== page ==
Monday, January 6, 2014

Tips for Creating Your Own Happy New Year

By Mike Nitzel, Principal
Thomas Jefferson Elementary School
Rock Island-Milan (IL) School District
Milan, Illinois 

At the beginning of every new year most of us are wished a Happy New Year.  Happy new years, however, don't just happen on wishes and dreams. Happiness takes work-24/7/365.  I don’t pretend to be any kind of expert on happiness nor do I have any big secrets to share with you. What I can share with you are several things that have worked for me that have helped me become a happier and more content person. Here they are.

Surround Yourself With Positive Energy—Nothing can drag you down more than being around what Spiro Agnew called those “nattering nabobs of negativism”. Stay away from them insofar as you can. Put yourself with positive people. They will lift you up. Twitter can be a great place to surround yourself with positive people; my PLN is proof of that! 

Choose Your Attitude—Let’s face it. In spite of your best efforts to avoid them, you’re going to find yourself surrounded by negative people from time to time. Remember that when you are, you have a choice as to how you react to them. You can allow yourself to be dragged down into negativity or you can make a conscious choice to stay above it and stay positive. Find something to think about that makes you smile. For example, when I’m starting to feel negative about this or that, I sometimes think about the song, “Always Look on the Bright Side of Life” from Monty Python’s, “The Life of Brian”. It always makes me smile.   

Forget Resolutions and Think Life Changes—The shelf life of resolutions is not very long, unless you’re willing to commit to changing your behavior. Think about “going on a diet”. If you approach losing weight as a diet, the very word implies that it’s temporary. If you really want to lose weight, you’ll determine to make a permanent change in the way you eat and you’ll increase the amount of exercise you do. You will need to make these things habits and habits usually take somewhere around 60 days to form. Once you’ve formed a habit, you’ve made a lifestyle change. True, you can slip back into old habits, but you’re less likely to do so if you view what you’ve done as a permanent change rather than a temporary one.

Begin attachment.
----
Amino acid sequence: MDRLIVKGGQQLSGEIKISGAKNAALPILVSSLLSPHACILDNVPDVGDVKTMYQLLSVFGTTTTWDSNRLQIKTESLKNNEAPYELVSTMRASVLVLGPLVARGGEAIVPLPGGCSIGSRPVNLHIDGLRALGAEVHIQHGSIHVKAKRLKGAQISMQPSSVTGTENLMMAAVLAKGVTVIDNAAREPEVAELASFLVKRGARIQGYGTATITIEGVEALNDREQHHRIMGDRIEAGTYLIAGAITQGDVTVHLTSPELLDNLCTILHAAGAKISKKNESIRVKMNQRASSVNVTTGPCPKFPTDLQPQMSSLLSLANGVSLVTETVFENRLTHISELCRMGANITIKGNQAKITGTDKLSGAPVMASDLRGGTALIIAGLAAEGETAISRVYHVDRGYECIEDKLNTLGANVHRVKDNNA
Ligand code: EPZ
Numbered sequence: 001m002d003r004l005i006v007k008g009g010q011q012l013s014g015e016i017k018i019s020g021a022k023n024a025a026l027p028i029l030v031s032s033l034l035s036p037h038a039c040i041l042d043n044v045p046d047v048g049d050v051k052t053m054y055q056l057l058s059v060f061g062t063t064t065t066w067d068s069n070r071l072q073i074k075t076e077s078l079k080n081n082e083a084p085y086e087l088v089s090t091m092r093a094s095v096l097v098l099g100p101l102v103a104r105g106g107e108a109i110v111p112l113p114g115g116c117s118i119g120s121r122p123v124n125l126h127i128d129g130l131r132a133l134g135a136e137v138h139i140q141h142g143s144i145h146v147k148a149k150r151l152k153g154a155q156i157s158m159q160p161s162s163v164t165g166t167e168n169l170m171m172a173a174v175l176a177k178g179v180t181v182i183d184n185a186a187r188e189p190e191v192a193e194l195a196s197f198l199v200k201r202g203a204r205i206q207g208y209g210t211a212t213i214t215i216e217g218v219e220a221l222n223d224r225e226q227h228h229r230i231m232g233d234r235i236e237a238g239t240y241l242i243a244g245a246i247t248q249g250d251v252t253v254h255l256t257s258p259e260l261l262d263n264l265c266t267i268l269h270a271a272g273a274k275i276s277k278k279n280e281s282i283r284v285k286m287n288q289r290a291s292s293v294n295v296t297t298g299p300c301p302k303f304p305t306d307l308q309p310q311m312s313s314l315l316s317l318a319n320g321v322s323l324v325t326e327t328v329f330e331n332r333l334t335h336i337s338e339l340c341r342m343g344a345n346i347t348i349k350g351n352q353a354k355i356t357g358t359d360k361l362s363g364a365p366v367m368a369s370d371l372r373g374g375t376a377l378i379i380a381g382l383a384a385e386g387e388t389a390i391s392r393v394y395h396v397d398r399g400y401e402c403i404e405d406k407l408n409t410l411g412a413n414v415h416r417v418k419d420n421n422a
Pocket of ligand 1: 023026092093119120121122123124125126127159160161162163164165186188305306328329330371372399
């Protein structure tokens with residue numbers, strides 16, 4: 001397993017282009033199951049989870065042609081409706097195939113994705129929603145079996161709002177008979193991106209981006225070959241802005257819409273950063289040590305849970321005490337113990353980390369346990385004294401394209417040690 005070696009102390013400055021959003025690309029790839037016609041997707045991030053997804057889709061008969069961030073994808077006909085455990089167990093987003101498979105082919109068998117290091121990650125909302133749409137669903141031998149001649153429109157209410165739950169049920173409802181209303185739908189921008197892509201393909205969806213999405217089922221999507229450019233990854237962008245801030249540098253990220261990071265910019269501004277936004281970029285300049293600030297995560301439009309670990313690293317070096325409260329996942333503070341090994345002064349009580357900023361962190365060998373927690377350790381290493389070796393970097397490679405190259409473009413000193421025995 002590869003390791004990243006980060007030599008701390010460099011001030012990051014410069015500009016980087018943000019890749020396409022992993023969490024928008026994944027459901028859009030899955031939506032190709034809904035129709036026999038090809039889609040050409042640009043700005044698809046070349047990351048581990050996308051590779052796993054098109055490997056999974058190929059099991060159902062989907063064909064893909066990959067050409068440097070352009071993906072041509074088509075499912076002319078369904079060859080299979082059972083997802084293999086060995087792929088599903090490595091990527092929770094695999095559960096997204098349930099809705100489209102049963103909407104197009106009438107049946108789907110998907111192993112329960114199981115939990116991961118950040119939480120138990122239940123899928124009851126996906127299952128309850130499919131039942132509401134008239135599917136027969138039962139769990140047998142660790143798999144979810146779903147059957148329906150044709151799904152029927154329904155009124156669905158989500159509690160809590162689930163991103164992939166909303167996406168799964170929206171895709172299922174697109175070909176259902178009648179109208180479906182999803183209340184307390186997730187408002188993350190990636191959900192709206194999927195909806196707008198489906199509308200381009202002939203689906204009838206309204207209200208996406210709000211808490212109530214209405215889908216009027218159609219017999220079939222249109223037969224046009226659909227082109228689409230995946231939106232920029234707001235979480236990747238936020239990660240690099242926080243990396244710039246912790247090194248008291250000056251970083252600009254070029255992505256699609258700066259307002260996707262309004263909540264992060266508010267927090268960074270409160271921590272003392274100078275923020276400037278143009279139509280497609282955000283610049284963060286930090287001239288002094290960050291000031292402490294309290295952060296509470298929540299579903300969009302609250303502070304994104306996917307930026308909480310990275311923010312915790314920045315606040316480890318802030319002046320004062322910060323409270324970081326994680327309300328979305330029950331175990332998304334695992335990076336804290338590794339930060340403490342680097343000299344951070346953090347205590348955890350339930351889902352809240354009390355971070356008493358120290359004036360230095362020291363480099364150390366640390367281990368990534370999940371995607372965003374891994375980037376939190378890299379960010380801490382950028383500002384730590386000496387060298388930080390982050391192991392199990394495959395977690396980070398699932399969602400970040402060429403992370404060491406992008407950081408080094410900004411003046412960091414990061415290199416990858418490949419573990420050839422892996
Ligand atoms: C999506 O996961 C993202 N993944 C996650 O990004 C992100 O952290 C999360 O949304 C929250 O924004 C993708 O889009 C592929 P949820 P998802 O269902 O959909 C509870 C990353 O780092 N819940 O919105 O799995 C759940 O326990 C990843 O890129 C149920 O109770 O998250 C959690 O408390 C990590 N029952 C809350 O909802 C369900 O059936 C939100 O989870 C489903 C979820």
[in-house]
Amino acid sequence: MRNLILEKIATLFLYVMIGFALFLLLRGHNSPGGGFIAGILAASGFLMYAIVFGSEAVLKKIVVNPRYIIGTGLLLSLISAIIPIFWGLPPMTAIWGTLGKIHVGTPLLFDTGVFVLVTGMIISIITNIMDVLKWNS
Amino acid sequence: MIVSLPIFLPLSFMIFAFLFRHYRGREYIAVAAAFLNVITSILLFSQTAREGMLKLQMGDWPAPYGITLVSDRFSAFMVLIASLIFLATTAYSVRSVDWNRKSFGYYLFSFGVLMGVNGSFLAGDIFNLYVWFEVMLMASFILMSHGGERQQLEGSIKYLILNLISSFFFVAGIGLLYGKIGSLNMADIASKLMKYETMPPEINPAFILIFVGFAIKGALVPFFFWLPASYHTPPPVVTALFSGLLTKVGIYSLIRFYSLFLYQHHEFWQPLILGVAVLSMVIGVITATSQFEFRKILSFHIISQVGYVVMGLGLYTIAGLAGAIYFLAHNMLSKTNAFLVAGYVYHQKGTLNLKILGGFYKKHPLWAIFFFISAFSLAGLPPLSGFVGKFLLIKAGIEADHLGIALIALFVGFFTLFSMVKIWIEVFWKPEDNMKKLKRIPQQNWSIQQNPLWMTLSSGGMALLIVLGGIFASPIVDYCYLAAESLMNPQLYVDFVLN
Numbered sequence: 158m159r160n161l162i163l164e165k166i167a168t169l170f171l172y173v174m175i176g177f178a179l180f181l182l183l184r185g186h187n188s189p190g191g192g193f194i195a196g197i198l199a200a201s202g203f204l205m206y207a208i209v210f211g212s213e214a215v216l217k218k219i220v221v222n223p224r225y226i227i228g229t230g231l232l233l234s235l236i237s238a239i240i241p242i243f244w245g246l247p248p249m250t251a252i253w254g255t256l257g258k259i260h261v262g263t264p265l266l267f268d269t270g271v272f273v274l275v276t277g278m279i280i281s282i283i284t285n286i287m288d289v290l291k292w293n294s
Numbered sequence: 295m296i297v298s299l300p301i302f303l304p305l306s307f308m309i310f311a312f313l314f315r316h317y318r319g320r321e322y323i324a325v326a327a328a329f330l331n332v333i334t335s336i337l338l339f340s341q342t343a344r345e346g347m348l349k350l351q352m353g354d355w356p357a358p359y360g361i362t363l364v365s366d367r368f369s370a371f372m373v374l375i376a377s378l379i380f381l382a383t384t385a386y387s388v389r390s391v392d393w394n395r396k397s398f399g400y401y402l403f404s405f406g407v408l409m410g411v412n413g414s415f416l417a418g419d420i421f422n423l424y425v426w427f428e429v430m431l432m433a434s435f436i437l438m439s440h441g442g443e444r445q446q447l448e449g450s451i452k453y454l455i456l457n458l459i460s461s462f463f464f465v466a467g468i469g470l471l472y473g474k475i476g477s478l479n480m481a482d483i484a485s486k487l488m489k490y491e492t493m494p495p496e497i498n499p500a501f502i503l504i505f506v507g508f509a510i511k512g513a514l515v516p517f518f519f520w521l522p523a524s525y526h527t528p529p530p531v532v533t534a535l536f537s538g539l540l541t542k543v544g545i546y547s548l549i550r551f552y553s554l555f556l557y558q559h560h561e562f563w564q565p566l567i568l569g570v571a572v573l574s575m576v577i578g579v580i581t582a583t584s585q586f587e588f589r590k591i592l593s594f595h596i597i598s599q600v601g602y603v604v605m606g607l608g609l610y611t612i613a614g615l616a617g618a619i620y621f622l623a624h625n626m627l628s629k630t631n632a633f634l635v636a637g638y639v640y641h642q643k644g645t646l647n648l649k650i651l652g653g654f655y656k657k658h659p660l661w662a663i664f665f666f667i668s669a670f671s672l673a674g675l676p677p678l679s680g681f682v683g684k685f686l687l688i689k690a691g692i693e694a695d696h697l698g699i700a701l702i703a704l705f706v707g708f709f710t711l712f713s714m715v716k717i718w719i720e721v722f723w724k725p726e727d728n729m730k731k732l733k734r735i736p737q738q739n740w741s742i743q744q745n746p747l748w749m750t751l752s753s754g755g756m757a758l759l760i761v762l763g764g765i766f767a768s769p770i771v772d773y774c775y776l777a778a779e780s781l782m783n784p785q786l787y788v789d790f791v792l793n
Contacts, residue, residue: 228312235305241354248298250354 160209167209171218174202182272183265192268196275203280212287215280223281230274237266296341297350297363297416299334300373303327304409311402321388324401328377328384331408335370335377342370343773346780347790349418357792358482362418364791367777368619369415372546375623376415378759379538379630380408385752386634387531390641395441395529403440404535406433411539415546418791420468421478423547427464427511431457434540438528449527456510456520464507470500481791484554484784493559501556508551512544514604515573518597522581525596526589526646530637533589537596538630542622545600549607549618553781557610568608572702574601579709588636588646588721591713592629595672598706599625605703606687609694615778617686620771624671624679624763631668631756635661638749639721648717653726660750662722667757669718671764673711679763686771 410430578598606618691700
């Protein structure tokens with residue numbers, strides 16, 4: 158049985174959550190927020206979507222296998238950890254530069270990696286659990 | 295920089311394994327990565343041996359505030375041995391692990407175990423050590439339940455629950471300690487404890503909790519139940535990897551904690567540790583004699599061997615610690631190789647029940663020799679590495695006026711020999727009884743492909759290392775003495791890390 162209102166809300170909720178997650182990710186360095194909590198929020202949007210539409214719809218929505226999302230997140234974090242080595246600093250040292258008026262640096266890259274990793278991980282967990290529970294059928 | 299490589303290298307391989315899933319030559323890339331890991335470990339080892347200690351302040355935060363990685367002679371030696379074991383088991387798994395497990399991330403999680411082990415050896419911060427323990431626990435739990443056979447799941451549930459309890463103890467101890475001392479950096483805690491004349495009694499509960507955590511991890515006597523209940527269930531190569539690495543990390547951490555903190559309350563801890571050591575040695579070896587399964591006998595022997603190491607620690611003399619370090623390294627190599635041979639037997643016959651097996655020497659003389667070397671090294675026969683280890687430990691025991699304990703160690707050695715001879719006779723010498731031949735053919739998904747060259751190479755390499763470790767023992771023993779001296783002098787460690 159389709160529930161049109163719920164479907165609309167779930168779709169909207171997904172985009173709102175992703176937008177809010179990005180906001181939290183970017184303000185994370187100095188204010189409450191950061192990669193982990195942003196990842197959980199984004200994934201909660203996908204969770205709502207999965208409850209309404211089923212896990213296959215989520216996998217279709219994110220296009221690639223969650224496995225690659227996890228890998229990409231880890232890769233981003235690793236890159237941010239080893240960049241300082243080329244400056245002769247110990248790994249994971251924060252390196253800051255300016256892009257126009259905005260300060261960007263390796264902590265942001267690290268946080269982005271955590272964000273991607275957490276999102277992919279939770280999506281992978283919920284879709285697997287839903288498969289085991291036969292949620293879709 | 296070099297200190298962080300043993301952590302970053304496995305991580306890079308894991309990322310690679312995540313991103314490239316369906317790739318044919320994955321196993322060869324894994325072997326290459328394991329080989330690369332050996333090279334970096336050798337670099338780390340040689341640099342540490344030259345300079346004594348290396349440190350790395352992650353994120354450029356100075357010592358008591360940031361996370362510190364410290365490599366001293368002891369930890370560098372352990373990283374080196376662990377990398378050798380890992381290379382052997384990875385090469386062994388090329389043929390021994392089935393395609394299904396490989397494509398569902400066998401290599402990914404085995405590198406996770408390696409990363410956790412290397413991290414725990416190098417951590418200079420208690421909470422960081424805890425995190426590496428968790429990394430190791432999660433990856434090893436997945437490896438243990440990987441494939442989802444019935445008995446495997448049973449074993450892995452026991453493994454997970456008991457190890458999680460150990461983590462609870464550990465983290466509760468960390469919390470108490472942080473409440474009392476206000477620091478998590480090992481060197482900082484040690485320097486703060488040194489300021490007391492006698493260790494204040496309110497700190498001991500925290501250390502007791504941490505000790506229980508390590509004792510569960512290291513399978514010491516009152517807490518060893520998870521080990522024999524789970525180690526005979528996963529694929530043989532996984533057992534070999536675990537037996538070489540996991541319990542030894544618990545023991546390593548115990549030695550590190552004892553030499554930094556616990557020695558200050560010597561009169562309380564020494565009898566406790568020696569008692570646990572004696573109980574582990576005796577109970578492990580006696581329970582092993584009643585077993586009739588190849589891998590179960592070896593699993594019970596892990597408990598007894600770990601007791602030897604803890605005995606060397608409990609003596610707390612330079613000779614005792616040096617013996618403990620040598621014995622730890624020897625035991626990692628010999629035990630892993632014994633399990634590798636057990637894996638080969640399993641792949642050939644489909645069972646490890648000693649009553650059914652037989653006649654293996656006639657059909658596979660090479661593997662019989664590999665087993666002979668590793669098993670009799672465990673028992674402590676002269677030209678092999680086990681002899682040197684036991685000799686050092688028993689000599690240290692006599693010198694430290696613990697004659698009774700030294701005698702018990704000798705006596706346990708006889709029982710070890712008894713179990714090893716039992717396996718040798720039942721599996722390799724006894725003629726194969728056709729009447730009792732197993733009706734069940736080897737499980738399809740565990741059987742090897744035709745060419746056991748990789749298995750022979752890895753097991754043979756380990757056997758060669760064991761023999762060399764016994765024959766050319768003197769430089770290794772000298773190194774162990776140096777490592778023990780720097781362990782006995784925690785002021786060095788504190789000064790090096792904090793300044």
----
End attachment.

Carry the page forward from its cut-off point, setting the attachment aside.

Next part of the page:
Determine to Learn Something New—Learning something new keeps your mind active and sharp. An active mind, engaged in an activity you want to do, makes for a happier mind. Maybe you want to learn more about Google Apps; get after it!  Perhaps, like me, you want to learn a new language. Let’s get going! I’m going to work on my Spanish. 

Set Time Aside for Yourself Each Day—Life is so frenzied these days, isn’t it?  It’s easy to find yourself buried under things that you have to do. It is important that you save time each day to do something you WANT to do.  You’re important and the things you want to do deserve your attention.  I reserve the time after 9:00 p.m. each day solely for things I want to do. Some nights I might read. Some nights I might write. Others I might watch TV.  Whatever the activity, it’s time set aside to do something I enjoy and to let my mind slow down a bit before I turn in for the night.